Game testing is hard!

Testing games is a chore. It is, truly, and a tiresome one too. Oh sure, we usually pull through with a smile plastered on our faces because no matter the feedback we get , we know it is for the betterment of the game in general. But let’s face it – testing games is an ordeal, hard, tedious and often frustrating, for many reasons really…

Firstly, because it really require us to walk out of our comfort zone. It is still valuable to test our game concept with family and friends! We still will manage to squeeze some info out of such games on our own… Measure the game duration, see if the mechanics stutter, observe the frustration and joy moments through the gameplay and so on, but verbal feedback from people close to us will generally be lacking in the sweetness of harsh and unyielding honesty. I mean, not all the time, but it is quite expected that family and friends would not like to hurt us and mangle our feelings, and so will usually try their best to find something good even in a colossal flop of a game, or at least soften the punches!

Which is not something we can afford when testing a game.

I know it’s not easy. I mean, whenever I come up with an idea of a game the initial phase of it is just pure excitement! I feel like the idea is nouvelle and fresh, I believe I managed to take the pieces and arrange them in a pleasant experience… It is not always pretty to face reality and see how something that sounded neat on paper and worked smoothly in our imagination crashes in flames. But it’s important to learn to cope brilliantly with it and truly open up for brutal and direct criticism.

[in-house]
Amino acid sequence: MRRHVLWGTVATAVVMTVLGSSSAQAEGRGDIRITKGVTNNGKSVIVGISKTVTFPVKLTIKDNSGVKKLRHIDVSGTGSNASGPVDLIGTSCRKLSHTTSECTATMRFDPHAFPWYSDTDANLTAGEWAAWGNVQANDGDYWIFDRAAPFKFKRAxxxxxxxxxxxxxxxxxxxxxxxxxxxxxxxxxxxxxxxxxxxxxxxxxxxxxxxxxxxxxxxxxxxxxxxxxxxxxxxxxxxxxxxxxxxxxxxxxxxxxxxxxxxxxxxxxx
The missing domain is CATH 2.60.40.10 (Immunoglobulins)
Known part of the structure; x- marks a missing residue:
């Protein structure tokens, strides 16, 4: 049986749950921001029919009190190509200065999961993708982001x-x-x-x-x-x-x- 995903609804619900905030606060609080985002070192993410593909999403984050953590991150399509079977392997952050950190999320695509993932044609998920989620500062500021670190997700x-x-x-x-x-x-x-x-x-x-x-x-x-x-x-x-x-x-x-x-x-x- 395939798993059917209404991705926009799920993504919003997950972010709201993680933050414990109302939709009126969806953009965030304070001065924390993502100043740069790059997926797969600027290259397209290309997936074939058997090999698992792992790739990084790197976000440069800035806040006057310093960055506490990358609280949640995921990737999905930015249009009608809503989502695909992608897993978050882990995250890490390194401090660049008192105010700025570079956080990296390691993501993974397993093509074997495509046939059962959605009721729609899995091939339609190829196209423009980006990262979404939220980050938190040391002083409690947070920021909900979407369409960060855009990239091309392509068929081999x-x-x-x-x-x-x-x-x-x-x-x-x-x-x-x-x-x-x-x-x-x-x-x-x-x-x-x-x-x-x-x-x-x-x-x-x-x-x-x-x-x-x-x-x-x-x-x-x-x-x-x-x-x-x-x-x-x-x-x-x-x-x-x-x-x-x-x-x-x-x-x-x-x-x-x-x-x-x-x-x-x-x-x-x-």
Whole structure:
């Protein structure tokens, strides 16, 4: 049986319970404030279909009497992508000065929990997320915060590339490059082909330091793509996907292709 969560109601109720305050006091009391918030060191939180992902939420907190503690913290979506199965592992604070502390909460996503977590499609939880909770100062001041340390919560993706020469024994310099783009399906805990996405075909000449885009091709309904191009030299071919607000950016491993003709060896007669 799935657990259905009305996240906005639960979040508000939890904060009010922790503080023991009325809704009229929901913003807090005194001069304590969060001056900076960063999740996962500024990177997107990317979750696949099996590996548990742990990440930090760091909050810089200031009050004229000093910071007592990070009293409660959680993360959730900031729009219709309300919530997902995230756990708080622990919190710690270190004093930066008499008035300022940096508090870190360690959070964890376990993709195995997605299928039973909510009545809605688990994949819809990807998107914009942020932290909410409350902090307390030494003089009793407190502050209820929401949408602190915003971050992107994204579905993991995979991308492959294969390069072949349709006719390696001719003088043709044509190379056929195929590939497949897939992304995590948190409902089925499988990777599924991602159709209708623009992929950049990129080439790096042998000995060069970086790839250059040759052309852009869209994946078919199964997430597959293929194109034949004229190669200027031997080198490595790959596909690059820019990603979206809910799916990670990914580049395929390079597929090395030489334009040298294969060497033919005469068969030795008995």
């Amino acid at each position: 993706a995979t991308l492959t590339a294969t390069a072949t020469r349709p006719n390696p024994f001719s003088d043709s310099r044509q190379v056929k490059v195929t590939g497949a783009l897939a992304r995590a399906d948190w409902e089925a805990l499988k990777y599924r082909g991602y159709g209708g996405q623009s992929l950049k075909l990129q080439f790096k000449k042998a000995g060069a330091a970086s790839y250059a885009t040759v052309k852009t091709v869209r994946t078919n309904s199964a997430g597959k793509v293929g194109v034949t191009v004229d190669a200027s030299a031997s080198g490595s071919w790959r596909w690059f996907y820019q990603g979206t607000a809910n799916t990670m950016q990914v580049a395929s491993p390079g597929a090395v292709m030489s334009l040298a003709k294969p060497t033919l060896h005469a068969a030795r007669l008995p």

It still itch me the wrong way, when during testing someone just throw the cards and proclaim “This sucks.” There are more dignified and elegant way to offer good criticism, but even in such cases I swallow the pride and nod in agreement, trying to fish out what exactly does not work if it is not evident to me.

That’s what I meant by ‘walking out of your comfort zone’. You need to test your product on people, who do not owe you anything, who do not feel the need to somehow placate your creative burst, who do not see sense in sugar coating things for your own benefit. You need to test your game, most preferably, on total strangers. Why? Well, your goal is to find people who will be most objective. People who obviously want to have fun playing a game, but won’t go an extra mile to find it, because they expect game itself to provide it in spades. Only these people will be honest enough to crush your mechanics and concepts with proper ruthlessness and trust me on that, it’s very good if they do so!
Because only good feedback can make your project progress. Never lock yourself up in the cage of your own idea, never get upset and huff and puff and nay-sayers, never look for empty praise and shut off any negative comments, because if you will do all that, your game will most likely be bad in every way, and its existence will just serve to tickle your ego, which is hardly the point in making games, is it?

Now, let’s not get crazy about it though. Game testing is not a session in BDSM and you don’t really go there to smile in glee as players bash your game in some imaginative way. Gathering feedback truly is an art, and you really need to know with sharp focus what you’re looking for.

Simple example given our own games. MonsterBuffet is a simple, quick game about reflex. It’s a party game, a light and quick filler and nothing more. Now if I bring this game to fans of monstrous wargames or admirers of brain-burning eurogames, I can quite rightfully expect the game to get bashed hard. Does it mean the game is bad? Yes, it is – for this specific target groups, since the game is not made for them, as much as Through the Ages was not made for Sunday casual player who want a round of Carcassonne or Catan. And no, it is not – for folks who just want to enjoy a swift and easy game to accompany their drinking session or to have rapid fun without a need to read a thick booklet of rules, it just might be the best game they played lately, right?

You see what I mean by having a good idea what you want to test? It will require different approach to pretty much every aspect of the game to be tested. Different people and test routine to tighten the mechanic, different group to see how fun it is, different to ensure the look and feel of it clicks with your target audience…

Truly, testing is a chore. A fun chore none the less!

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